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### Topic: Help with Basic Nuclear Chemistry  (Read 5326 times)

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#### viperman24

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##### Help with Basic Nuclear Chemistry
« on: April 28, 2010, 07:26:03 PM »
130I decays by emission of beta particles to form stable 130Xe. A 3.00 g iodine sample containing some I-130 was recorded as having 2464 disintegrations per min. k = 0.00094 min -1. How many radioactive I-130 atoms are present in the sample?

I'm thoroughly confused with this question. I started with the formula R=kN with R being the disintegrations per time, k being the decay constant and N being the number of radioactive nuclei (a bit confused on what N really means).

Plugging in what I have (R=2464, k=0.00094), I found "N" to be 2621276.596. From there, I'm not sure how to find the number of radioactive I-130 atoms present in the sample. I've tried incorporating Avogadro's number but I think that may be the wrong direction to go. I've also tried dividing the disintegration number by the amount of grams of the same present.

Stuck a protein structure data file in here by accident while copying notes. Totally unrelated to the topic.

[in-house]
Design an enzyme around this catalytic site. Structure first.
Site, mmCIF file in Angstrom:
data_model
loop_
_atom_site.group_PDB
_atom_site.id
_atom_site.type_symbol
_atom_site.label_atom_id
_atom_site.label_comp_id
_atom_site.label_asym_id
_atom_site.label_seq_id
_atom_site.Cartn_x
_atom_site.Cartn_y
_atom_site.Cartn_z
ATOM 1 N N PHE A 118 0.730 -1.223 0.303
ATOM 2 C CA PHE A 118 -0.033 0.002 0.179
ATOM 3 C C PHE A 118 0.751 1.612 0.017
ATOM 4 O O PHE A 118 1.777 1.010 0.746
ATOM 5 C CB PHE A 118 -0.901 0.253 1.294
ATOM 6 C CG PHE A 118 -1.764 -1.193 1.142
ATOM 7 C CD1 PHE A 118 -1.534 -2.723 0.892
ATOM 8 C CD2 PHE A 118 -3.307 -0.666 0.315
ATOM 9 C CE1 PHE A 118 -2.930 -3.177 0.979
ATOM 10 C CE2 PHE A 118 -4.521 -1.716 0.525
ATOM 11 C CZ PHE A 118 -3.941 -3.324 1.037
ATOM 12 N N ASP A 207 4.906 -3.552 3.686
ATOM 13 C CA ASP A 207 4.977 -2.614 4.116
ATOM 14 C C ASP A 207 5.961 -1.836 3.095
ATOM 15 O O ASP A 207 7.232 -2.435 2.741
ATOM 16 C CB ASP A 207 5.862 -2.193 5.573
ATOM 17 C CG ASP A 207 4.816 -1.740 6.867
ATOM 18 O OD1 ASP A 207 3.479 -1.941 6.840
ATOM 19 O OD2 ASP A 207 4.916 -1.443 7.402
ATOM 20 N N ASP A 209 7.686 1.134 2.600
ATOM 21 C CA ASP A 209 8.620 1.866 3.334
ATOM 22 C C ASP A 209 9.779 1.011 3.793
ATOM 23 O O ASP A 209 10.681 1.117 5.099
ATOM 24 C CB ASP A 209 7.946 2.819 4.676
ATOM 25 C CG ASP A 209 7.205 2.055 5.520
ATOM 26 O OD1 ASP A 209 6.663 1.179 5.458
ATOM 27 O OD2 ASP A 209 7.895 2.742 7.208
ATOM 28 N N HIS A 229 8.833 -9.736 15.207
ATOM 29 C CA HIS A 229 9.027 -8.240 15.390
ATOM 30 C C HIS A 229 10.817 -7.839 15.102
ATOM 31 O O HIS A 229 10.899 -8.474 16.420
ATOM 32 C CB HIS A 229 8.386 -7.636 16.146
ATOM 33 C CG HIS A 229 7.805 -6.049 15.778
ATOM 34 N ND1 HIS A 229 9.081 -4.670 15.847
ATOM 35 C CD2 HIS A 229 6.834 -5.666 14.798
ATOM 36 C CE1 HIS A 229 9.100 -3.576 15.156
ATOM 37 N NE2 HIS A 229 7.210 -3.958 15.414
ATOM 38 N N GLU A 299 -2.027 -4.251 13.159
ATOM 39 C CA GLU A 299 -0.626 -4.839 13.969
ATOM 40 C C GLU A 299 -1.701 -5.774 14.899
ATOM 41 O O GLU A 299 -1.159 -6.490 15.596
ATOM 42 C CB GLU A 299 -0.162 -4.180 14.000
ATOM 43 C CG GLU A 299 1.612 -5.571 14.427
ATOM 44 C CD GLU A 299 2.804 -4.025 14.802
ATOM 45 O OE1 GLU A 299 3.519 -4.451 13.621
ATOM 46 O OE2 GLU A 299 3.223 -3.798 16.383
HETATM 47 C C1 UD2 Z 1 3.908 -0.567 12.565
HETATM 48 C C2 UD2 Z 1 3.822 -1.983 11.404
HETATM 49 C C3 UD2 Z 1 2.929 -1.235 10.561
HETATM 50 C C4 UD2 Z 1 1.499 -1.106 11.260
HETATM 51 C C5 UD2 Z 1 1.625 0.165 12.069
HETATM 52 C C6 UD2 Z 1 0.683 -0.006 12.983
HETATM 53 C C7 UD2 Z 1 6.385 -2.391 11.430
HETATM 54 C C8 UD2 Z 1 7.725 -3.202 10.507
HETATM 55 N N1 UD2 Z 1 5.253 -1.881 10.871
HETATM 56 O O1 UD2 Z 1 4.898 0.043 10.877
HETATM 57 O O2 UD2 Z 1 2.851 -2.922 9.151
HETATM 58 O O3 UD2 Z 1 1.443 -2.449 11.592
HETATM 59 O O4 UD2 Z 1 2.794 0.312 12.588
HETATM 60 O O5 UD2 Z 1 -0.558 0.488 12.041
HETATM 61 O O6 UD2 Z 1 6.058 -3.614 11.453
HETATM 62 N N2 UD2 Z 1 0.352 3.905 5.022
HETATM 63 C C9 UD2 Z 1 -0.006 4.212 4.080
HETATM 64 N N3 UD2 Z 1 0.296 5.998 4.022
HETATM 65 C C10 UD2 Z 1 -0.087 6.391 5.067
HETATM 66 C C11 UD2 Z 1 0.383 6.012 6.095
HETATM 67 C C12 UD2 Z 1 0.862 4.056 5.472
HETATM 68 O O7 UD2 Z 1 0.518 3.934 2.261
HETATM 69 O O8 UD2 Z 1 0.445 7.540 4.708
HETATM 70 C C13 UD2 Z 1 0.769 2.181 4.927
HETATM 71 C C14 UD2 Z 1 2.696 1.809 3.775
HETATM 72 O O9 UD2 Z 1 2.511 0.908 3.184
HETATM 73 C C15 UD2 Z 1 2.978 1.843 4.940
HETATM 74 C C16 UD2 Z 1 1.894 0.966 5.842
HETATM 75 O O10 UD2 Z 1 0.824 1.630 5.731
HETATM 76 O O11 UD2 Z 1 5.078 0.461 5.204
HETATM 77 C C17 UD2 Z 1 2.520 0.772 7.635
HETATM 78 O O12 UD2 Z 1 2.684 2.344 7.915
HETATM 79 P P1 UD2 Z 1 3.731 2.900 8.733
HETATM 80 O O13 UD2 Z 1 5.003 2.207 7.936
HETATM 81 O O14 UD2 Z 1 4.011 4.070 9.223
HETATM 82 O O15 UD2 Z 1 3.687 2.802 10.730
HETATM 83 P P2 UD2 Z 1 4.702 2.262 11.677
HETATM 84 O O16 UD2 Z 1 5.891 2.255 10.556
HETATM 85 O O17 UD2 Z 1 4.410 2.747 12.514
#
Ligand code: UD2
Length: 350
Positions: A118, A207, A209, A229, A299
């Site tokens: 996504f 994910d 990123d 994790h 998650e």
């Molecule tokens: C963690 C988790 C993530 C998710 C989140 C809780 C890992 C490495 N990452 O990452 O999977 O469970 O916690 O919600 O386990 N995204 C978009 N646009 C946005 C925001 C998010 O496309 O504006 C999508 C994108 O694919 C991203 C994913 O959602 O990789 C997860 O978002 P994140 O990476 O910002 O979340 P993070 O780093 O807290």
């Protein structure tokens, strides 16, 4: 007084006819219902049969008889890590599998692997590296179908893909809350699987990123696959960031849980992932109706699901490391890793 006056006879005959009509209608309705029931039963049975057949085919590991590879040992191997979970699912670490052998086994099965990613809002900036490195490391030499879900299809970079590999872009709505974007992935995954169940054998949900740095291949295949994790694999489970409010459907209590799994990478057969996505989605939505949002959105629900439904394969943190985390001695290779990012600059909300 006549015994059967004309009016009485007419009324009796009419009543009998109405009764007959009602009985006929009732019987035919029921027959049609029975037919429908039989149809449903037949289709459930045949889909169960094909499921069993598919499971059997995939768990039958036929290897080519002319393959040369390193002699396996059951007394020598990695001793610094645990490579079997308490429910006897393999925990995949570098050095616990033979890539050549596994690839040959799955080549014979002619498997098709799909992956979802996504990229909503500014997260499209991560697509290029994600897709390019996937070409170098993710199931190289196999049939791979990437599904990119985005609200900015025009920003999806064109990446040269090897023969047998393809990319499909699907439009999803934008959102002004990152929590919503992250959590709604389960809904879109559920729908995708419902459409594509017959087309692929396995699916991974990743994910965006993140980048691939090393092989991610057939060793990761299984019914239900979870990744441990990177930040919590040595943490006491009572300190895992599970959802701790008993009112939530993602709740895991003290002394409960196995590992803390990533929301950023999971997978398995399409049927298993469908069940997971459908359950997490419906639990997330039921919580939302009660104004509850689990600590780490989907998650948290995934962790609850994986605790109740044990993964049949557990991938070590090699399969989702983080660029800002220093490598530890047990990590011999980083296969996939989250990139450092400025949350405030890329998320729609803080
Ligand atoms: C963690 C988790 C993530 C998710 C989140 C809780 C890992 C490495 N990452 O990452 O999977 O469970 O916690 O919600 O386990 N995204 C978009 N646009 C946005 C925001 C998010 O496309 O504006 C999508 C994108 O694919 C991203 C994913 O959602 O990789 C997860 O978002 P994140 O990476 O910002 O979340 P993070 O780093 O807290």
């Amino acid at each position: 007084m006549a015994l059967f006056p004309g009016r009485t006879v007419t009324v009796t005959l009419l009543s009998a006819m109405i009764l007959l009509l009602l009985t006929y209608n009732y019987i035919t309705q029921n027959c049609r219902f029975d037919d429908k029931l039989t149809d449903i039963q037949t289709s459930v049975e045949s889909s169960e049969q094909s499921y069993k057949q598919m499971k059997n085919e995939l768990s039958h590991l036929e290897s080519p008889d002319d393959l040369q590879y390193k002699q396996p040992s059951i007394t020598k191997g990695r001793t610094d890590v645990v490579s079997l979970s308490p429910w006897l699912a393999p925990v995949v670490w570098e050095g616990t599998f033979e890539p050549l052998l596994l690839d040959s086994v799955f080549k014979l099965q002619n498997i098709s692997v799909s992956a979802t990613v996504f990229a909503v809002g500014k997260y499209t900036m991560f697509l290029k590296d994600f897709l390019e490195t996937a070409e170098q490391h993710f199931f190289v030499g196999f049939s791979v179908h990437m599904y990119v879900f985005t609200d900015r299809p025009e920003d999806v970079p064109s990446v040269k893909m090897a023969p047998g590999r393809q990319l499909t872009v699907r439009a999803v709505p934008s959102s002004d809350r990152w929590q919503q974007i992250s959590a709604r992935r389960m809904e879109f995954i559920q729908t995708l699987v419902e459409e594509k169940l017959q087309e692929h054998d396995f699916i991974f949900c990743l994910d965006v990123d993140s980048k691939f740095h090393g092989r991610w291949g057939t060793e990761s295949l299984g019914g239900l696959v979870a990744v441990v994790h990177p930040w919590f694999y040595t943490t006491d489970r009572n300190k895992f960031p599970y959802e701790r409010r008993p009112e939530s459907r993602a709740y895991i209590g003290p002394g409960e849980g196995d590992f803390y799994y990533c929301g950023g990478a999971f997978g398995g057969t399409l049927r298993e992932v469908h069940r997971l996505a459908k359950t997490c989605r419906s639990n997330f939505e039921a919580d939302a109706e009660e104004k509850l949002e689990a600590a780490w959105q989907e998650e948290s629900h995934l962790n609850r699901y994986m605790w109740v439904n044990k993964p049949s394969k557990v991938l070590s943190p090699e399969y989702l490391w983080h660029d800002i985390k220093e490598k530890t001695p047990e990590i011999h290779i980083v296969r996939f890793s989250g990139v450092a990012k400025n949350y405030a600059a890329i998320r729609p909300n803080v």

I've also tried using t1/2=ln2/k which just gave me the half life time which leads me to a dead end.

All the methods I've tried so far resulted in the wrong answer. Maybe I'm not understanding the question. Can someone shed some light into this?

#### viperman24

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##### Re: Help with Basic Nuclear Chemistry
« Reply #1 on: April 28, 2010, 07:30:59 PM »
What is the mass defect of 27Al in u? The mass of 1 atom of Al-27 is 26.9815 u.

I also need help with this question. I'm not sure where to start. I know the mass of 1 neutron is 1.008665 but I don't know how to use that. I know I need to add up the protons/neutrons/electrons in Al-27 and calculate the difference between that an 26.9815u (not sure what "u" means).

Extrapolating that idea, the calculation would be something like this:

Al has 13 protons => mass of proton x 13
Al has a mass number of 27 => 27-13 = 14 neutrons => mass of neutron x 14

The mass of an electron is too small to calculate, so it can be omitted.

Meaning I would have to find (mass proton x 13) + (mass neutron x 14) and find the difference between that and 26.9815. Can someone confirm this?

#### Borek

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##### Re: Help with Basic Nuclear Chemistry
« Reply #2 on: April 29, 2010, 02:52:51 AM »
Meaning I would have to find (mass proton x 13) + (mass neutron x 14) and find the difference between that and 26.9815. Can someone confirm this?

That's OK.
(a bit confused on what N really means).

Can you elaborate on your confusion?
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#### viperman24

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##### Re: Help with Basic Nuclear Chemistry
« Reply #3 on: April 29, 2010, 08:32:26 PM »
I guess what I mean is what exactly are radioactive nuclei and how does it relate to the problem?

Thanks for the help on the first problem.

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